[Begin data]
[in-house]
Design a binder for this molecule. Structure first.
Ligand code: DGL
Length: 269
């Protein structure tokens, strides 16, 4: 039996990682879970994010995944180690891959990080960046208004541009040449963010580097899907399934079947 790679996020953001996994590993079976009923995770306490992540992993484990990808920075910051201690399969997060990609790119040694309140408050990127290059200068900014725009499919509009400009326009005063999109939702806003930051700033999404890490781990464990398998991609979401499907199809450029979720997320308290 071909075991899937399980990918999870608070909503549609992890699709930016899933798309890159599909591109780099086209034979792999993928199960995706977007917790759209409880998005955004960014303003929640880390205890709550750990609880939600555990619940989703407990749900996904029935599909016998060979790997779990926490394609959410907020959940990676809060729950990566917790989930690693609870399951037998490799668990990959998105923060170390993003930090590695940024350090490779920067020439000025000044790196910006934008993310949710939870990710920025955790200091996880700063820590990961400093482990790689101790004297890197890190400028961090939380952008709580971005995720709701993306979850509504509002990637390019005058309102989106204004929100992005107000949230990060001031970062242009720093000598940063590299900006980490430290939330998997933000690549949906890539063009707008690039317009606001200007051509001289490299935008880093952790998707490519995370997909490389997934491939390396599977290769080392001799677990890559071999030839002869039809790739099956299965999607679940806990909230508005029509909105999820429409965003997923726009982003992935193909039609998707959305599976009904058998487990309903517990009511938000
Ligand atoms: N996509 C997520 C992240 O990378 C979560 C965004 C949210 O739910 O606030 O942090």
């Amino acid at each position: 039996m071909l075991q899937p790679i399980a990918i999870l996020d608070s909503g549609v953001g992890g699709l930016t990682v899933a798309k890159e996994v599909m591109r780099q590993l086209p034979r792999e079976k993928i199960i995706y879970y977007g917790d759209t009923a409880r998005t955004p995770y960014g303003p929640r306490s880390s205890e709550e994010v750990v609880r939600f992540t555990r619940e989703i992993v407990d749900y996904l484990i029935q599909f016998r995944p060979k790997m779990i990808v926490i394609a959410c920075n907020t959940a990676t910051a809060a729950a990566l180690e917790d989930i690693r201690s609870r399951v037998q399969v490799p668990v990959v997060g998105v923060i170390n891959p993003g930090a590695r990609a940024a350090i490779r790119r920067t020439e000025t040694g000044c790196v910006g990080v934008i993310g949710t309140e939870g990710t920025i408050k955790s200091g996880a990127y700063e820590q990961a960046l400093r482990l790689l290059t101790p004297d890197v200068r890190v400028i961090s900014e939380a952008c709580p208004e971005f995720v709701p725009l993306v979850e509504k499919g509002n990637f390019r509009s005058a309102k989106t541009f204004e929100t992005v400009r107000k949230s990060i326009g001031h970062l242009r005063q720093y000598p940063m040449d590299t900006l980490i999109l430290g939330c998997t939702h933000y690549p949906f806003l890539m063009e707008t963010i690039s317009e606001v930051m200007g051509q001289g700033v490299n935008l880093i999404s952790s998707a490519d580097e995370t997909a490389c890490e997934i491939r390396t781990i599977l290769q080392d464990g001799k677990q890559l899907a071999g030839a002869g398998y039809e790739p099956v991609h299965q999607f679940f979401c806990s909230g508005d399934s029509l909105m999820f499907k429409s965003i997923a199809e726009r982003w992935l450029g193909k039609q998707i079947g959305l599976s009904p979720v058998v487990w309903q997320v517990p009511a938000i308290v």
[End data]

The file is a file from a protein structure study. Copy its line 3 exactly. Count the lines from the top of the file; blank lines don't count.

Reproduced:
Ligand code: DGL